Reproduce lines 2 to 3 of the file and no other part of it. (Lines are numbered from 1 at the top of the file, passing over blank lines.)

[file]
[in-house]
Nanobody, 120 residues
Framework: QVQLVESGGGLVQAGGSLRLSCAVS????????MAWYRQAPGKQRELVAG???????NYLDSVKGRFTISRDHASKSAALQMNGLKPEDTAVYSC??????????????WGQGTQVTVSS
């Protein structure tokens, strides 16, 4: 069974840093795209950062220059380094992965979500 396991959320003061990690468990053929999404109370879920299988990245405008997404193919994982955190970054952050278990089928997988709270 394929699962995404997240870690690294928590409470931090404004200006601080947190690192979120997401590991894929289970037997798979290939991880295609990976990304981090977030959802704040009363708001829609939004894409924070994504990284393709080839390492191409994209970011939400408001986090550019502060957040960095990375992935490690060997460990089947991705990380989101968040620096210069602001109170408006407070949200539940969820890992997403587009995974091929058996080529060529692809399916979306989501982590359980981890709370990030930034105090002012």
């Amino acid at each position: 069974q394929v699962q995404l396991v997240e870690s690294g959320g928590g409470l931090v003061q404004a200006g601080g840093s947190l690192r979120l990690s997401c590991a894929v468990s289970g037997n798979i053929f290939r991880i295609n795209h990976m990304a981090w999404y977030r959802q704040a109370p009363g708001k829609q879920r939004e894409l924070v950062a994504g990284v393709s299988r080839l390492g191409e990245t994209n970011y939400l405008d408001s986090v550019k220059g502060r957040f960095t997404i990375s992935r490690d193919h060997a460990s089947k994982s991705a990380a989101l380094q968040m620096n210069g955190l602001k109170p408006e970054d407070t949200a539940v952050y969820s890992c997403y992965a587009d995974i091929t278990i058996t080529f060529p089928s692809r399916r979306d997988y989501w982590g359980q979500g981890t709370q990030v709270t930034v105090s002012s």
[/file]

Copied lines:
Nanobody, 120 residues
Framework: QVQLVESGGGLVQAGGSLRLSCAVS????????MAWYRQAPGKQRELVAG???????NYLDSVKGRFTISRDHASKSAALQMNGLKPEDTAVYSC??????????????WGQGTQVTVSS